Holy Week Afterword

By Dr. Paul Wolfe

As I reflect on and reread the accounts of the resurrection, I cannot but help notice the differing responses to it. I mean the immediate responses. There was fear, astonishment, puzzlement, haste to see for one’s self, joy, worship, confession, remembrance of his words, quick reporting, blindness to the reality, desire to cover up, doubt, outright unbelief, and true belief. This wide range of responses mirrors responses since that day. Surely, yours and mine fall somewhere within that spectrum, perhaps in more than one way.     

On this last response though, while there was true belief among some, that belief was absent of understanding. John later reflected that their understanding did not come until they had a fuller understanding of the Scriptures and how its narrative cohered around these new realities. What transpired soon, between the resurrection and the events which follow in the story of the apostles, was a crash course in how to understand the Scriptures. Jesus himself began to teach them these things, as we see at the end of both Luke’s and John’s Gospels. This new understanding came to a climax on the day of Pentecost when the Spirit came in a new and powerful way, and gave them greater understanding. Central to that new understanding is that God’s purposes do lead to the glory of his handiwork as intended, but that glory is through suffering or humility. Christian faith is both a theology of suffering and of glory.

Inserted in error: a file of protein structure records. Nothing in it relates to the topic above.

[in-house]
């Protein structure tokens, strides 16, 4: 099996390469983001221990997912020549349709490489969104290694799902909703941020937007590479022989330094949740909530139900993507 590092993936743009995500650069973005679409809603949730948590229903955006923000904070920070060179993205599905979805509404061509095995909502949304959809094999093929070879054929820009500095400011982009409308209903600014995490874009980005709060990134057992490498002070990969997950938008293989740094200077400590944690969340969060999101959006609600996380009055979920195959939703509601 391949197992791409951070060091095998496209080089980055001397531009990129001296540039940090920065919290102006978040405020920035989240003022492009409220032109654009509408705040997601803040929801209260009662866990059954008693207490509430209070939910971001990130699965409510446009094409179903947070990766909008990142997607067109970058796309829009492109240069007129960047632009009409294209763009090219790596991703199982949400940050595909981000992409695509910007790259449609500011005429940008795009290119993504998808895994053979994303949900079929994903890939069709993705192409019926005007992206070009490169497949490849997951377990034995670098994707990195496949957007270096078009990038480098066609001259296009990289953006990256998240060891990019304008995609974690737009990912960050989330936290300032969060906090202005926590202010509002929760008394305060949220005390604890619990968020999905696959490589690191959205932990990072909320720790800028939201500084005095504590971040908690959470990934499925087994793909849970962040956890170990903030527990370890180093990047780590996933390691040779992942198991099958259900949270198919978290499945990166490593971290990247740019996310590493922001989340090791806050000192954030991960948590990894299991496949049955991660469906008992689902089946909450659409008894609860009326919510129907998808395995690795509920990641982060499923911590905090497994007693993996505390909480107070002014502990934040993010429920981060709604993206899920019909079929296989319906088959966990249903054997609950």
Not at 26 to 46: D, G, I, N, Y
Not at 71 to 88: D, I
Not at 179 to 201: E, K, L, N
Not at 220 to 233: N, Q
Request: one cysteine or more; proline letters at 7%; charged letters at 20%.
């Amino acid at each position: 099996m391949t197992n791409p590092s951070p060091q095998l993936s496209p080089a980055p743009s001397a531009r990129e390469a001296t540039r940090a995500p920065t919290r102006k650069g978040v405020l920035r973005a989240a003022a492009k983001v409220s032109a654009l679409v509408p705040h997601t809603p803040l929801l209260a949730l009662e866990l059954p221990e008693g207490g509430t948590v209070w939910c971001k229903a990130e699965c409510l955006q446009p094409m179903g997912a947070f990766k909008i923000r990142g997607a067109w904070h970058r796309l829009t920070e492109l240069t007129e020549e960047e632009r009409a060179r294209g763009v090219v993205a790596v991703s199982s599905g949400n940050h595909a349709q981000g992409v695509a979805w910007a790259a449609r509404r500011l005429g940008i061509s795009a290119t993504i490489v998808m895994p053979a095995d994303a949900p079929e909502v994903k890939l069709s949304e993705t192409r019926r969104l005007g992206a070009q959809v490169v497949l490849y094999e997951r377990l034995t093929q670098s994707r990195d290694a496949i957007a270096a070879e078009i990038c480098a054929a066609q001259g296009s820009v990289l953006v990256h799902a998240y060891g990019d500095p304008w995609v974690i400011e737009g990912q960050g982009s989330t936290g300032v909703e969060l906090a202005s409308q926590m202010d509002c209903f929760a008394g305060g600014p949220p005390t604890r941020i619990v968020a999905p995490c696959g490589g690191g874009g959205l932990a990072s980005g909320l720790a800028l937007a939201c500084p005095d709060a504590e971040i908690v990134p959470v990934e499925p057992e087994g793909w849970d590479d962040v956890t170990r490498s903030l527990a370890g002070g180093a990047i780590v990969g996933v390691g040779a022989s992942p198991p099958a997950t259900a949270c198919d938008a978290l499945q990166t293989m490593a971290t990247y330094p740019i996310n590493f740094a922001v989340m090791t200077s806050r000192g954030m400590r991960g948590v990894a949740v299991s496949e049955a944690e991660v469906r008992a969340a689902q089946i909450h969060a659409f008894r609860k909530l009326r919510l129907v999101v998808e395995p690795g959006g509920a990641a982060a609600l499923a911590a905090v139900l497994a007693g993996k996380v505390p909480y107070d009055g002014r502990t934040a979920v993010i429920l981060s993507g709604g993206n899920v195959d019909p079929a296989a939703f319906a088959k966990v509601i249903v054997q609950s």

Once they did come to a measure of understanding, they spent the rest of their lives proclaiming this new reality and its significance. In fact, every one of the speeches or sermons within Acts has 2 or 3 frequent common elements. One of those is an emphasis on the resurrection. It became a, if not the, central tenet in the story of many witnesses. Take note of the following passages and this common feature within them: Acts 2:22ff.; 3:13ff., 26; 4:8ff., 33; 5:29-32; 10:34-43; 13:28-41; 17:18-31; 24:20-21; 25:18-19; 26:8, 23.

All of this testimony brings me back to a few ideas I encounter with each new reflection on the events of Holy Week. First, these things are something of a mystery. This should not be off-putting. The fact is our ignorance of most things, especially of God and his ways, will always, at least in this life, far exceed our knowledge or understanding. But, thanks be unto God, he has revealed enough for us to know and respond appropriately. Second, there is no doubt that all of this is something of a scandal. How can we embrace the scandalous? I think there are several layers of how this is best answered, depending upon one’s perspectives, biases, wounds, etc. However, every proper answer begins with simple trust, that child-like faith and pursuit which Jesus himself called for, which is always followed by a desire to seek to know, and yes, to understand as best we can. Lastly, I come back not to our responses, but Jesus’ response when he met with his closest followers, once without Thomas the doubter, and once with him. In both cases, his pronouncement was “Peace be unto you.” May we also know his peace – in spite of our own inner turmoil, in spite of an absence of true shalom, in spite of often being mastered by an unhealthy doubt and skepticism, and ultimately peace to embrace more fully the Truth, which Jesus said, will make us free.

All of this is why The Cambridge School of Dallas is, and, by God’s good graces, will remain a confessional school.

May the peace of Christ be with you.